Feeds

UK cops: Keep yer golden doubloons, ad folk. Yon websites belong ta PIRATES

Launch database of 'verified' infringing websites

Next gen security for virtualised datacentres

British police have launched a who's who of pirating websites in an attempt to stop advertisers from spending money with sites deemed illegal.

The Infringing Website List is hoping to cut copyright-breaking websites off at the knees by stopping their top source of revenue: advertising.

The database will be available to brands and companies that buy ads so they can choose to avoid sites that have been "evidenced and verified" as illegal by the City Of London's Police Intellectual Property Crime Unit (PIPCU).

"If an advert from an established brand appears on an infringing website, not only does it lend the site a look of legitimacy, but inadvertently the brand and advertiser are funding online crime," PIPCU's head, detective chief inspector Andy Fyfe, said in a canned statement.

"Therefore the list also serves as a safety tool, ensuring the reputation of advertisers and brands are not discredited through association with illegal websites."

The police said that advertising was a key source of funds for websites that infringe on copyright, with a report by rights-holders' group the Digital Citizens Alliance estimating that piracy sites got $227m in advertising cash last year.

The list has been set up in collaboration with copyright holders including the the British Recorded Music Industry (BPI), the Federation Against Copyright Theft (FACT), the International Federation of the Phonographic Industry (IFPI), The Publishers Association, the Internet Advertising Bureau UK (IAB UK), the Incorporated Society of British Advertisers (ISBA) and the Institute of Practitioners in Advertising (IPA).

To make it onto the list, sites will be "identified by the creative industries" and then verified by PIPCU. The police said that a three month trial of the list led to a 12 per cent reduction in advertising from household brands.

"It is essential we protect our creative industries from people ripping off their content online," said culture minister Ed Vaizey. "Disrupting the money unlawful websites make from advertising could make a real difference to the fight against copyright infringement. It is an excellent example of what can be achieved through industry, Government and law enforcement working together." ®

The essential guide to IT transformation

More from The Register

next story
6 Obvious Reasons Why Facebook Will Ban This Article (Thank God)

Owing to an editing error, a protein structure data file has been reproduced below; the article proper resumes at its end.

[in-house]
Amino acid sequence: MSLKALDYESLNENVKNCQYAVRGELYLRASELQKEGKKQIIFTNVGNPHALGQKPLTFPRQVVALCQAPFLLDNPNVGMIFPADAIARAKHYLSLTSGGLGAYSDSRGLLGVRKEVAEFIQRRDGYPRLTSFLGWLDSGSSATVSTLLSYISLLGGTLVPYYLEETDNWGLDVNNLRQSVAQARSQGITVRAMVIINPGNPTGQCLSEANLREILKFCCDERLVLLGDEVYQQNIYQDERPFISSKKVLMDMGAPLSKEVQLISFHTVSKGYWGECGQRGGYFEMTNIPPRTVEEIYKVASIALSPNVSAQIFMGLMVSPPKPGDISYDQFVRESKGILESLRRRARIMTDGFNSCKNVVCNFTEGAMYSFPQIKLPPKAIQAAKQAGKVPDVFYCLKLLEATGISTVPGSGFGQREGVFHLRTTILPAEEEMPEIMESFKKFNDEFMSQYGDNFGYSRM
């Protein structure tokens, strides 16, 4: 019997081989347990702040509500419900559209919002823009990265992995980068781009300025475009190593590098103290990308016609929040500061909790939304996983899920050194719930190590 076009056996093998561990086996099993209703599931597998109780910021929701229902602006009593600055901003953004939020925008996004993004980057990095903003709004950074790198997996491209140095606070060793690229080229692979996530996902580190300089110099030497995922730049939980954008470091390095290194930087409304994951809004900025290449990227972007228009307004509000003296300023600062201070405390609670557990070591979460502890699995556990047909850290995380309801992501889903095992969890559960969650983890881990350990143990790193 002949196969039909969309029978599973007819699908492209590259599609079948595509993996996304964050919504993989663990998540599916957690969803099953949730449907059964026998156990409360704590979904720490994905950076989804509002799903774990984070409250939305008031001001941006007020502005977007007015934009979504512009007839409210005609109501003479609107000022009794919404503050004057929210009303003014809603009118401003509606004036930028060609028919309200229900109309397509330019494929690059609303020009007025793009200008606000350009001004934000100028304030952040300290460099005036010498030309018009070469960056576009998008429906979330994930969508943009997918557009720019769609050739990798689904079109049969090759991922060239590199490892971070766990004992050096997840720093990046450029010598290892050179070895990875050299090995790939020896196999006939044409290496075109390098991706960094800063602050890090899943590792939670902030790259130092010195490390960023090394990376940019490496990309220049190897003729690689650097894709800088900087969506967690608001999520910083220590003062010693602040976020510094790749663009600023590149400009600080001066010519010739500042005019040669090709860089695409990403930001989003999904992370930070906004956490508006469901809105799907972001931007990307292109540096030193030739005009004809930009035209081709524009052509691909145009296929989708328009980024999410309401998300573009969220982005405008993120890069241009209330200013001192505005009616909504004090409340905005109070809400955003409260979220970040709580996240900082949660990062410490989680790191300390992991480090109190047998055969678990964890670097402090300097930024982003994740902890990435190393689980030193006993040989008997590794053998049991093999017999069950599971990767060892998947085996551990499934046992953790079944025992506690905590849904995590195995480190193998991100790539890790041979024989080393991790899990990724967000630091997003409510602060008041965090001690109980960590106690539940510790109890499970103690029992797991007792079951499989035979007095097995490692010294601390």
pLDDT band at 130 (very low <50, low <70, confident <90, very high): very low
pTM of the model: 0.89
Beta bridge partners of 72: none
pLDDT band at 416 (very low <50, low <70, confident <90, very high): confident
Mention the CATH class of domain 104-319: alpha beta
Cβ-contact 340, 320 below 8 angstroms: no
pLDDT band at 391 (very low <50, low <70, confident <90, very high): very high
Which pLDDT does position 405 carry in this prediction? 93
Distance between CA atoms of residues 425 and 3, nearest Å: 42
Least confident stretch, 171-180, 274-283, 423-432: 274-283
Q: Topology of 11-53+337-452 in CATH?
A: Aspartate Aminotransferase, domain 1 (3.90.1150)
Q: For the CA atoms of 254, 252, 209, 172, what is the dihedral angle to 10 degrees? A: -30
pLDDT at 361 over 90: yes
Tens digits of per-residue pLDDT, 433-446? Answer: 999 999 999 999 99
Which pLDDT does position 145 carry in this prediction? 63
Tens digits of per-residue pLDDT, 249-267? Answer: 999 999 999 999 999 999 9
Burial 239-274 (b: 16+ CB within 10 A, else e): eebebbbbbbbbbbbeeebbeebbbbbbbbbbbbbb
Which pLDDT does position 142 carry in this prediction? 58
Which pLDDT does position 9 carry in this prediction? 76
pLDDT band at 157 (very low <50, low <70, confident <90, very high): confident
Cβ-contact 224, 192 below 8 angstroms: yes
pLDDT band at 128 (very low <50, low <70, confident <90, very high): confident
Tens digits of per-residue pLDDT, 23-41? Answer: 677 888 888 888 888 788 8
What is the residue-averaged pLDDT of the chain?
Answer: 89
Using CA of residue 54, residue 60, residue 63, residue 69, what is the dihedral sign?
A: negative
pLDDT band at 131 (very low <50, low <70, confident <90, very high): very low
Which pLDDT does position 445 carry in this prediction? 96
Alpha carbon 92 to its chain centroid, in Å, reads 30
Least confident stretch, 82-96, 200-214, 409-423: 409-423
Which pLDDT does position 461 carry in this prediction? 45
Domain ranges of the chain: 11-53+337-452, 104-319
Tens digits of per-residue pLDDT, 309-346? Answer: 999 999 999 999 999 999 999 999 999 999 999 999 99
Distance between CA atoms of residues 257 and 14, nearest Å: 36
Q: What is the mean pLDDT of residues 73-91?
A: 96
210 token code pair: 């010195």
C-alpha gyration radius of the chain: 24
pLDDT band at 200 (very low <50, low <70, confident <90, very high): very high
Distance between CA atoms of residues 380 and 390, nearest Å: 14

Clampdown on clickbait ... and El Reg is OK with this
No, thank you. I will not code for the Caliphate
Some assignments, even the Bongster decline must
Kaspersky backpedals on 'done nothing wrong, nothing to fear' blather
Founder (and internet passport fan) now says privacy is precious
TROLL SLAYER Google grabs $1.3 MEEELLION in patent counter-suit
Chocolate Factory hits back at firm for suing customers
Mozilla's 'Tiles' ads debut in new Firefox nightlies
You can try turning them off and on again
Sit tight, fanbois. Apple's '$400' wearable release slips into early 2015
Sources: time to put in plenty of clock-watching for' iWatch
Facebook to let stalkers unearth buried posts with mobe search
Prepare to HAUNT your pal's back catalogue
prev story

Whitepapers

5 things you didn’t know about cloud backup
IT departments are embracing cloud backup, but there’s a lot you need to know before choosing a service provider. Learn all the critical things you need to know.
Implementing global e-invoicing with guaranteed legal certainty
Explaining the role local tax compliance plays in successful supply chain management and e-business and how leading global brands are addressing this.
Backing up Big Data
Solving backup challenges and “protect everything from everywhere,” as we move into the era of big data management and the adoption of BYOD.
Consolidation: The Foundation for IT Business Transformation
In this whitepaper learn how effective consolidation of IT and business resources can enable multiple, meaningful business benefits.
High Performance for All
While HPC is not new, it has traditionally been seen as a specialist area – is it now geared up to meet more mainstream requirements?